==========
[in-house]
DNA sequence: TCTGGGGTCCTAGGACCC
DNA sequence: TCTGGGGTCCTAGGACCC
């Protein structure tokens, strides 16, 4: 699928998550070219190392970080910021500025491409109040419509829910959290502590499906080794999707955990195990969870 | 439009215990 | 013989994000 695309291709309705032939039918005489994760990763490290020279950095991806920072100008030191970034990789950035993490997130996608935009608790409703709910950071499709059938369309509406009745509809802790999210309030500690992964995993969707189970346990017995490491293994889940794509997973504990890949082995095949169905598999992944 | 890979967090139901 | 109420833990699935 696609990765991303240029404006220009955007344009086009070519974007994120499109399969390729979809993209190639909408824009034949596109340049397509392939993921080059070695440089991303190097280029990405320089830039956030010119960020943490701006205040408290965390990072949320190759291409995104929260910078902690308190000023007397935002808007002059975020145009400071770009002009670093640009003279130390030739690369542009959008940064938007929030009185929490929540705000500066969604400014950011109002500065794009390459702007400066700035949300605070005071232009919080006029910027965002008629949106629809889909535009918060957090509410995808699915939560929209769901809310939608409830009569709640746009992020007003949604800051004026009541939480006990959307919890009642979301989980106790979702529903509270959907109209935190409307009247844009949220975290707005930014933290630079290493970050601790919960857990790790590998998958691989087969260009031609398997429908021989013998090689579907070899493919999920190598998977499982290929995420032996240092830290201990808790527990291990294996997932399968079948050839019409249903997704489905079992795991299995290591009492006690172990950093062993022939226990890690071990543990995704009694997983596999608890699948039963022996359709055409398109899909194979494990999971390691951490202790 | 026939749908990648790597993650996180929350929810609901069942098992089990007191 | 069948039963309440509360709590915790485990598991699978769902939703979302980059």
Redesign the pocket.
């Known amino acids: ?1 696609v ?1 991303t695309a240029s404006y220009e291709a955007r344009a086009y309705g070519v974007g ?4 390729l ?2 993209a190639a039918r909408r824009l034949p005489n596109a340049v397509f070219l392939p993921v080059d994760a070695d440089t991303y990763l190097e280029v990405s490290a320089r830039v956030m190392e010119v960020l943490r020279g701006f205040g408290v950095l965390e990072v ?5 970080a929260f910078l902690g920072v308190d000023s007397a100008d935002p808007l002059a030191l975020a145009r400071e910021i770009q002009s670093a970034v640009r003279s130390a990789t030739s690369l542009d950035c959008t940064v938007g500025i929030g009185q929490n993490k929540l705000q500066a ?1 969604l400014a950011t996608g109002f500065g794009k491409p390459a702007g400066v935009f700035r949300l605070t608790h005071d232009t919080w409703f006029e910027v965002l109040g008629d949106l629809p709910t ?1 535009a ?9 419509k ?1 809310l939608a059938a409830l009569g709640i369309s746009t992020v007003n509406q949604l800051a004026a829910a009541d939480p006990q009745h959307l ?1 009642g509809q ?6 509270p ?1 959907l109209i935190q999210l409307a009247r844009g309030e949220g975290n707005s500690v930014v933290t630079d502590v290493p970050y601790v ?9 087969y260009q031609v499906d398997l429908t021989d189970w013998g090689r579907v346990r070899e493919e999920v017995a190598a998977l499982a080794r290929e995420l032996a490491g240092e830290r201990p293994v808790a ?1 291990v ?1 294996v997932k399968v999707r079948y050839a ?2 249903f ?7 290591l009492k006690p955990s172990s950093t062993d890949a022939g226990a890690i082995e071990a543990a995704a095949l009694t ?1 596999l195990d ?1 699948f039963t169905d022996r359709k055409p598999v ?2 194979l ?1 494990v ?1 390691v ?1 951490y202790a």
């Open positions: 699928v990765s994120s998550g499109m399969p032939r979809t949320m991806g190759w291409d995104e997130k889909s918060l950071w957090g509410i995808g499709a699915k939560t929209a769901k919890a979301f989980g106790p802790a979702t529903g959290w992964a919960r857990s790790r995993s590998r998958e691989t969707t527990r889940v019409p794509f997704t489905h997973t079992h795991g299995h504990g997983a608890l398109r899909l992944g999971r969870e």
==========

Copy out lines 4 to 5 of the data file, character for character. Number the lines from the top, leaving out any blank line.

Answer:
């Protein structure tokens, strides 16, 4: 699928998550070219190392970080910021500025491409109040419509829910959290502590499906080794999707955990195990969870 | 439009215990 | 013989994000 695309291709309705032939039918005489994760990763490290020279950095991806920072100008030191970034990789950035993490997130996608935009608790409703709910950071499709059938369309509406009745509809802790999210309030500690992964995993969707189970346990017995490491293994889940794509997973504990890949082995095949169905598999992944 | 890979967090139901 | 109420833990699935 696609990765991303240029404006220009955007344009086009070519974007994120499109399969390729979809993209190639909408824009034949596109340049397509392939993921080059070695440089991303190097280029990405320089830039956030010119960020943490701006205040408290965390990072949320190759291409995104929260910078902690308190000023007397935002808007002059975020145009400071770009002009670093640009003279130390030739690369542009959008940064938007929030009185929490929540705000500066969604400014950011109002500065794009390459702007400066700035949300605070005071232009919080006029910027965002008629949106629809889909535009918060957090509410995808699915939560929209769901809310939608409830009569709640746009992020007003949604800051004026009541939480006990959307919890009642979301989980106790979702529903509270959907109209935190409307009247844009949220975290707005930014933290630079290493970050601790919960857990790790590998998958691989087969260009031609398997429908021989013998090689579907070899493919999920190598998977499982290929995420032996240092830290201990808790527990291990294996997932399968079948050839019409249903997704489905079992795991299995290591009492006690172990950093062993022939226990890690071990543990995704009694997983596999608890699948039963022996359709055409398109899909194979494990999971390691951490202790 | 026939749908990648790597993650996180929350929810609901069942098992089990007191 | 069948039963309440509360709590915790485990598991699978769902939703979302980059």
Redesign the pocket.